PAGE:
Summer! It conjures up great memories of outdoor barbecues and parties. With Vancouver’s exploding proliferation of condominiums and townhomes, our garden spaces are shrinking. So what do you do to maximize your garden’s precious square footage?
“I always tell my clients first and foremost to look at their space and figure out its purpose,” says Glenna Partridge, owner/landscape designer of Glenna Partridge Garden Design. “If you want to have your best small garden ever it starts with the plan in order to achieve a cohesive look throughout.”
In the planning stage, the award-winning landscape designer says home owners should ask themselves questions such as: Do we entertain a lot? Or do we just want a quiet little oasis to read and enjoy the garden? Or do we love to have lots of casual summertime barbecues? Do we want to grow our own herbs?
“Once you have your purpose(s) then you divide your space into zones to really maximize the area you have,” adds Partridge. “For example, if you love to barbecue start with planning where you like to barbecue, then you can map out your other zones accordingly.”
How to transform your garden for blissful outdoor living
Create a gorgeous and (virtually) maintenance-free outdoor oasis
In pint-size gardens, you don’t want more too many different finishes – if you fancy terracotta planters and pots, then choose a selection of various sizes, heights and designs. “But don’t add a huge black urn amongst your terracotta pots because it will look too overly busy in a small garden,” she says. “Just like in your home, you don’t want too matchy-matchy.” That’s not to say you can’t have more than one finish, but keep your finishes to maybe two or three: “You don’t want a pizza.”
Ultimately, it’s about setting a mood in your garden that lures you and your guests into its fold – whether it’s a big English garden or a city-size one. “A well-thought-out, well-planned and well-scaled small garden will have great impact and will look fabulous,” adds Partridge.
Glenna’s Ideas to Make the Most of a Small Yard or Deck
A planter with a large plant or tree: Most people think a large tree will make a small garden look even more diminutive, but that isn’t the case. It can provide height and privacy.
“With limited space, it’s important that you choose trees that are right for their surroundings, in terms of proportion as well as for their decorative value.” Partridge advises that you speak to an expert at your local garden centre for suggestions. Then underneath the tree, plant small perennials or even a few herbs to maximize your garden.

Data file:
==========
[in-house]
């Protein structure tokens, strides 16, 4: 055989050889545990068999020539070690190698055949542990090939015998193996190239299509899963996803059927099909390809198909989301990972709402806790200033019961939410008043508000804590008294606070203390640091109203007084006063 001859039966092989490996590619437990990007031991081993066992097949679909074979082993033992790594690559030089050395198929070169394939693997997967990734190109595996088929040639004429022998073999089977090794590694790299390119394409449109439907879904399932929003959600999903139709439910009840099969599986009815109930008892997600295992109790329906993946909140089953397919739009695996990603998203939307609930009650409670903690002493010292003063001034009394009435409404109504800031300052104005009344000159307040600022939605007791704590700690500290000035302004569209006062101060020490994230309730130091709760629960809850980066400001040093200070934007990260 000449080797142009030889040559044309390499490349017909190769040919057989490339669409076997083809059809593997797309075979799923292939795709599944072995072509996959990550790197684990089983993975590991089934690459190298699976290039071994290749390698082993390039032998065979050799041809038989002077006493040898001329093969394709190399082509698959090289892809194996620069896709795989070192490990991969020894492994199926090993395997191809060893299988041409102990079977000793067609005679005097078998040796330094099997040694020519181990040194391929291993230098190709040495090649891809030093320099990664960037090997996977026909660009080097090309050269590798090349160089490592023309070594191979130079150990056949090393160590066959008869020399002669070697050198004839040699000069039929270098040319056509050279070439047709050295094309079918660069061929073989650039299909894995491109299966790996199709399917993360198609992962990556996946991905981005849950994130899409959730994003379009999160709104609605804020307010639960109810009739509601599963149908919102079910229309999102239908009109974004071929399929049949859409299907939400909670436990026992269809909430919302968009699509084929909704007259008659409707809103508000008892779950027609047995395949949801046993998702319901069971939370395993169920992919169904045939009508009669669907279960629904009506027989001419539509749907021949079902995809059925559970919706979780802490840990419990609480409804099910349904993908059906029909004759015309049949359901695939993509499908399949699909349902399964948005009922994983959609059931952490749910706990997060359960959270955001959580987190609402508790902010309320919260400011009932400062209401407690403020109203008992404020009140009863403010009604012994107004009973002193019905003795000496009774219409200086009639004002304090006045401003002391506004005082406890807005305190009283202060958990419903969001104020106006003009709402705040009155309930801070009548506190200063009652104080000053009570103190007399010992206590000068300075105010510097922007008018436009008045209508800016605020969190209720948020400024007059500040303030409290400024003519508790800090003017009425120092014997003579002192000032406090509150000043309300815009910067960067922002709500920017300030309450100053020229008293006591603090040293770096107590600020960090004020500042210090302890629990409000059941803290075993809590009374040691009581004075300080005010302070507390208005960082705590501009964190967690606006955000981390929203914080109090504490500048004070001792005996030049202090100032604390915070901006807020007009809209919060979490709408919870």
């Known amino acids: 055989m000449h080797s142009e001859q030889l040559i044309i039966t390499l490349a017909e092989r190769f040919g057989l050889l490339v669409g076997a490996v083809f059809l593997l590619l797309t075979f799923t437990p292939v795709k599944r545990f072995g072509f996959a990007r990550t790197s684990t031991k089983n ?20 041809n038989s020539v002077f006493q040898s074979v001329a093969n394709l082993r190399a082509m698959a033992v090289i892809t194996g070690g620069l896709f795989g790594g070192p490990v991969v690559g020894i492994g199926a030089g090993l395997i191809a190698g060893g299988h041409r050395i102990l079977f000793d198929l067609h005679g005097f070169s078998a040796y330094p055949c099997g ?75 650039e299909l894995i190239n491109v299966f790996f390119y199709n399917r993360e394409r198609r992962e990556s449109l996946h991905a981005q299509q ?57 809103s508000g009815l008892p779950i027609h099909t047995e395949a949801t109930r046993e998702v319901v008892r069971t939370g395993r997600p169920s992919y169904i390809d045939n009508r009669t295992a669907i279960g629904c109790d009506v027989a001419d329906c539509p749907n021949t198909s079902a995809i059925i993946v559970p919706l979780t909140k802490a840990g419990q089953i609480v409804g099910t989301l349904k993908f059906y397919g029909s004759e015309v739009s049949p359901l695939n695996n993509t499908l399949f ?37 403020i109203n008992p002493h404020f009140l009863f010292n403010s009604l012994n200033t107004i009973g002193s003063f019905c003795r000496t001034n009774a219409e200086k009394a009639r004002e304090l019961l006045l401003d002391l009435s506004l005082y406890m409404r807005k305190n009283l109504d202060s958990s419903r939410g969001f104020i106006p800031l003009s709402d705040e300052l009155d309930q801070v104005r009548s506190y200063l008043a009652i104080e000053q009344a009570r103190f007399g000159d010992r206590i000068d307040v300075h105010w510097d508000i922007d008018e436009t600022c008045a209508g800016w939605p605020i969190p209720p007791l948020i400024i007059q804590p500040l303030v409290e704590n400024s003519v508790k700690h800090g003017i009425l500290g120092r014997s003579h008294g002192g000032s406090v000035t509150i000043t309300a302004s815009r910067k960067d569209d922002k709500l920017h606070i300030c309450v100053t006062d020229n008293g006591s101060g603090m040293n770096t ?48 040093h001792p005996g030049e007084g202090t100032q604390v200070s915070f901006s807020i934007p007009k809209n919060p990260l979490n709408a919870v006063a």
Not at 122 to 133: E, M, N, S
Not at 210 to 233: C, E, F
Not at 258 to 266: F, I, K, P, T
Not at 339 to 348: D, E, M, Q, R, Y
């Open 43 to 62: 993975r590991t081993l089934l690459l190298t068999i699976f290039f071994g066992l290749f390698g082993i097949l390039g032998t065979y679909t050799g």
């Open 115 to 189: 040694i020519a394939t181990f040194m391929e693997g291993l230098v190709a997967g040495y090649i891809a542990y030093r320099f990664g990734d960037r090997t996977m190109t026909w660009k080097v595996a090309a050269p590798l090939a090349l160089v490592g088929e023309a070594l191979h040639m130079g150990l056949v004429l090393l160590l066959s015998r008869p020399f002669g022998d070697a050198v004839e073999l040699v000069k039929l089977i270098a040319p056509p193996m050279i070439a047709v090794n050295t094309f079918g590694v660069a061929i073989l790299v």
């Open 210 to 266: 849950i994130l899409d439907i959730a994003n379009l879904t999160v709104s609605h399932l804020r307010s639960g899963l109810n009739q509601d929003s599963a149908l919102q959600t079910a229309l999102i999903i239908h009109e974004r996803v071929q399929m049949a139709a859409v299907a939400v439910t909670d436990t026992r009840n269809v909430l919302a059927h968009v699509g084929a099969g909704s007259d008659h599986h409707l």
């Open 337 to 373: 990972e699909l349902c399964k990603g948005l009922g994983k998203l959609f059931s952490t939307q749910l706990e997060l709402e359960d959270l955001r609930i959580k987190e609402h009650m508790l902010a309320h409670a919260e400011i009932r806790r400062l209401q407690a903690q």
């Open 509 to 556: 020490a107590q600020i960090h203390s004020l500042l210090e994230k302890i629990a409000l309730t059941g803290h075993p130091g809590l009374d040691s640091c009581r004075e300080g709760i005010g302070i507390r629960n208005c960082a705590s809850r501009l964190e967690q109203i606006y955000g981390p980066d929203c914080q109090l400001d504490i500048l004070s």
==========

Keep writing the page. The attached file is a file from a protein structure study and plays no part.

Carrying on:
Vegetable garden: If you love to grow your own vegetables, you certainly aren’t alone. “It’s one of the biggest trends this year,” she says. Partridge is often asked by clients how they choose what to plant. Can you grow your staples and unique varietals that are hard to find on local market shelves together? “You can plant a variety of vegetables to take advantage of the limited space you have by timing your plantings strategically.” Tip: Harvest your plants frequently to encourage production all season long.
Ketchup ‘n’ fries plant: Potatoes and cherry tomatoes in one planter? Yes, says Partridge. “This is a little tomato plant grafted on top and underneath you grow a white potato plant.”
She cites the reason this works so well is that tomatoes are part of the potato family (who knew?) and are therefore compatible.
Growing berries: There are now small raspberry and blueberry bushes that can be grown in smaller containers. Partridge likes to use a salad bowl type of container/pot to grow them in.
Groupings: First rule of thumb – you don’t want everything on one level. “You can use a pot for a pedestal by turning it upside down and placing it on another pot, or use a chair, a table or a variety of container heights to add visual interest. “You also want to limit your colour palette and choice of plants and flowers or your garden will look busy, messy or distracting.”
Go vertical: When space is at a premium, go up. Plant on a wall, a trellis or a divider.
Cover your fence: Covering your fence with different vines offers a privacy barrier. “Although lots of my clients love English ivy, you have to constantly cut it back because it grows so quickly,” says Partridge. “A good one is the Black Eyed Susan, which features beautiful flowers or the Jasmine Ivy … it’s a perennial that grows really quickly.”
Upcycle a flea market or vintage item: “When you have a small garden, think outside the box… incorporate a Baker’s rack filled with herb pots; an old table, bird cage or a beautiful watering can all double as planters. Unusual items in a small garden add contrast and visual vibrancy.”
Add items of interest: Light your tree from below, add faux candles to create a silhouette in your garden, hang weatherproof art work to cozy up a small outdoor room or balcony… all of which add tons of visual interest to a smaller garden.